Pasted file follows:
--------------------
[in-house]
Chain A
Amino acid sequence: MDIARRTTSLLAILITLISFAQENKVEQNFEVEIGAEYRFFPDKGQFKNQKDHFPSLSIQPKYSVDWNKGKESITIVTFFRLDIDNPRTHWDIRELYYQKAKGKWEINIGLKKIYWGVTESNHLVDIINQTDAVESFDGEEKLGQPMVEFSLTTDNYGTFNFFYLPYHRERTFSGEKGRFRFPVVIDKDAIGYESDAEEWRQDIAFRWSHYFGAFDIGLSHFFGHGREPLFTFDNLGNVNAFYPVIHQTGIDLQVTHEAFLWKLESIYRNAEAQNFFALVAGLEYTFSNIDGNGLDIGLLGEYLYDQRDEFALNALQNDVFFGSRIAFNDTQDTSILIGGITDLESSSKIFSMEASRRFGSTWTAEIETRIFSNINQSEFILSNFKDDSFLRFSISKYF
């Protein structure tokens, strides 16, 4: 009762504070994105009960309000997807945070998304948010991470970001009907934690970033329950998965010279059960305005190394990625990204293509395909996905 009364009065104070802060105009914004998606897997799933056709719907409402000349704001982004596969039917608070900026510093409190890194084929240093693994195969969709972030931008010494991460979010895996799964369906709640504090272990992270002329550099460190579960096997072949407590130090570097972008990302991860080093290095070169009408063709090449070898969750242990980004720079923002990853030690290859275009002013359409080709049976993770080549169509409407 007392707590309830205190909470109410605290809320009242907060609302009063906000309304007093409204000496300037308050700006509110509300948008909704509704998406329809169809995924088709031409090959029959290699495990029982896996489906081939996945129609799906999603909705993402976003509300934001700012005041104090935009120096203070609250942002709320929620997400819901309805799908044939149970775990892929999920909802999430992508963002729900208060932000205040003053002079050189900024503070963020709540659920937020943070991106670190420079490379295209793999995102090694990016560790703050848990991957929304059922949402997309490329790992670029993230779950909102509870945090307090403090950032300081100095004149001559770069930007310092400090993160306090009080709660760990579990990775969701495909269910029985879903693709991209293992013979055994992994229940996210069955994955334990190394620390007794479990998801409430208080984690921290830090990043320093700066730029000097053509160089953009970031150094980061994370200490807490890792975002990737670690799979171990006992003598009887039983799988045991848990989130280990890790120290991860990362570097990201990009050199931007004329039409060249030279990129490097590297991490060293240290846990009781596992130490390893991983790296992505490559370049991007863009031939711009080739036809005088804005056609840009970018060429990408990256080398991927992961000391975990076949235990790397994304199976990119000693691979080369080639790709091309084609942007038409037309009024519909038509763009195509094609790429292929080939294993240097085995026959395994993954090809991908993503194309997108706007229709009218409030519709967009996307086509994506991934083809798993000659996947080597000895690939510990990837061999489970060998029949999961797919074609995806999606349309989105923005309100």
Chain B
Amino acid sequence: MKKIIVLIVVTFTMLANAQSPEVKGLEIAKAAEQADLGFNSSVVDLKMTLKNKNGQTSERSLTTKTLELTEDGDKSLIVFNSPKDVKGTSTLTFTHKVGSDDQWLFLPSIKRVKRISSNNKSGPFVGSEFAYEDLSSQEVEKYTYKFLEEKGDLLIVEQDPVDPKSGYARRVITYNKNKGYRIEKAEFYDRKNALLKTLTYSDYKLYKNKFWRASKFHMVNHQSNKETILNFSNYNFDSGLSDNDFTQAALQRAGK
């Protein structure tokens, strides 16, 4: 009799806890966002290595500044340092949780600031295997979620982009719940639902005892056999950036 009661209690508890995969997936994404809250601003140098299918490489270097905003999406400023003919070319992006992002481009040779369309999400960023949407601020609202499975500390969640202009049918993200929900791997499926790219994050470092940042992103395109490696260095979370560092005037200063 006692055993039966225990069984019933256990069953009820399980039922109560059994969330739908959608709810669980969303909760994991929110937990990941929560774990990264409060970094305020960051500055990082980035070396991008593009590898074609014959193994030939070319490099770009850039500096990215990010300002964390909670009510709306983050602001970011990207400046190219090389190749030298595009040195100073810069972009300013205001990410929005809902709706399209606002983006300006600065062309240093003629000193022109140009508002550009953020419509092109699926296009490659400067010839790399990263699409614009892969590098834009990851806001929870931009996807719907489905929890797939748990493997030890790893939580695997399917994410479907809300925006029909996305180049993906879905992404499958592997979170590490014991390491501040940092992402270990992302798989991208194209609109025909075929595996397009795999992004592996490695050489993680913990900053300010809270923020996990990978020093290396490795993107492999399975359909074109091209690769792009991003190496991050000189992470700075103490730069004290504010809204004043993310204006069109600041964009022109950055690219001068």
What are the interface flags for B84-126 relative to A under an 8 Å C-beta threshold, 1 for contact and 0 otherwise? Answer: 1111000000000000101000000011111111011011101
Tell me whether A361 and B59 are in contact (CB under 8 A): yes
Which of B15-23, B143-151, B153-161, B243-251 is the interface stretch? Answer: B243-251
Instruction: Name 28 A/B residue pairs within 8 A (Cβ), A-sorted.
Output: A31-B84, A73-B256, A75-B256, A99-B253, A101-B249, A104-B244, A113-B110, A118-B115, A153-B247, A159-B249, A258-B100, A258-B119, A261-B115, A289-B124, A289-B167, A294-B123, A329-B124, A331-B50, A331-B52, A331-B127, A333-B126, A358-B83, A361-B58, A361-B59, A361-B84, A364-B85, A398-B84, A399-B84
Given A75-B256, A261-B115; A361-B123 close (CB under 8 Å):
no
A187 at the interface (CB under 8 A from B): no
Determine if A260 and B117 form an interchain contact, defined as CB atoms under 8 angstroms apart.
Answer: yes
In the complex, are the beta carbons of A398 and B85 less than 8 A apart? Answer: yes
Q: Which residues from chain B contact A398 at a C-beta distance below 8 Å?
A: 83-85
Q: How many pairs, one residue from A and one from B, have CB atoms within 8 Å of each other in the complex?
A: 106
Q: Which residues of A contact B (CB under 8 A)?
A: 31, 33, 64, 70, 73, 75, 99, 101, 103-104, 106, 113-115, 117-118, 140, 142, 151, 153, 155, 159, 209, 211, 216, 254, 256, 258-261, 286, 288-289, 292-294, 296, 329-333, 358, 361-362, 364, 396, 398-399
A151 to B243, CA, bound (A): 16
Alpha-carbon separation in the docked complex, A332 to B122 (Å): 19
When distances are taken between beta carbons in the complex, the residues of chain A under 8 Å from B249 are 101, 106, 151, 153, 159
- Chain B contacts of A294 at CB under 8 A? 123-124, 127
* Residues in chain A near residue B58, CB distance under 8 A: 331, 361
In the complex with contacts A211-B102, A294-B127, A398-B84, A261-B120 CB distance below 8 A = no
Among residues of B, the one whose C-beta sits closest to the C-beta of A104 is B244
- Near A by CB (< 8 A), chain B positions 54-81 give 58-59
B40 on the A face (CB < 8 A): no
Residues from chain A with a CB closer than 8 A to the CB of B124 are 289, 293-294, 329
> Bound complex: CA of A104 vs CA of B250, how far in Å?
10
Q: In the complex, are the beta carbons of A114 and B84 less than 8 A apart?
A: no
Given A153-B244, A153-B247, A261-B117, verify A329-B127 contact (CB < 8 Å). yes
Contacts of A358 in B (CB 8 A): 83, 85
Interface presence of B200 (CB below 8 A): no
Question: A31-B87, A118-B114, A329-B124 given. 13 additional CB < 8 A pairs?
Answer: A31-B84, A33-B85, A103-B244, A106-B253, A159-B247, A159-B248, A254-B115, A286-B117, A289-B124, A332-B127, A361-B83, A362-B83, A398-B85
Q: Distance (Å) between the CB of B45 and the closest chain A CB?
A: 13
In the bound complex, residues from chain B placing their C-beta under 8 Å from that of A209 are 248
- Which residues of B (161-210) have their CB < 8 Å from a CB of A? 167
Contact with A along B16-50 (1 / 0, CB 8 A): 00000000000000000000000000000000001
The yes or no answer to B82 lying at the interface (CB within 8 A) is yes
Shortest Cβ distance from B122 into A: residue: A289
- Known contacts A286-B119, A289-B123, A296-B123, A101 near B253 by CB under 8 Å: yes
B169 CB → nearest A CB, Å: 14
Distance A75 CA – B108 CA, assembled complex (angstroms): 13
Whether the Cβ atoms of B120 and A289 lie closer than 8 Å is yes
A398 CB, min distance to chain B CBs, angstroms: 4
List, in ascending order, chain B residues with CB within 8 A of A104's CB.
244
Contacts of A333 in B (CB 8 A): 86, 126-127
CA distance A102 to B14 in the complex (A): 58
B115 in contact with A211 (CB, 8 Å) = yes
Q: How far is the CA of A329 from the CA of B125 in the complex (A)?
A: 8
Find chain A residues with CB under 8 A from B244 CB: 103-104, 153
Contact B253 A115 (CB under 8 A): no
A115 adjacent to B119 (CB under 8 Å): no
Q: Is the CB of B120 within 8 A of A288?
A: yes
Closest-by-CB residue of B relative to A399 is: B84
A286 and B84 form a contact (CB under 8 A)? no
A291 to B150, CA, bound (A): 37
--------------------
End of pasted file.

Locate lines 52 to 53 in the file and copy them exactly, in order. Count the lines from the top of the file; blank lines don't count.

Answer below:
B169 CB → nearest A CB, Å: 14
Distance A75 CA – B108 CA, assembled complex (angstroms): 13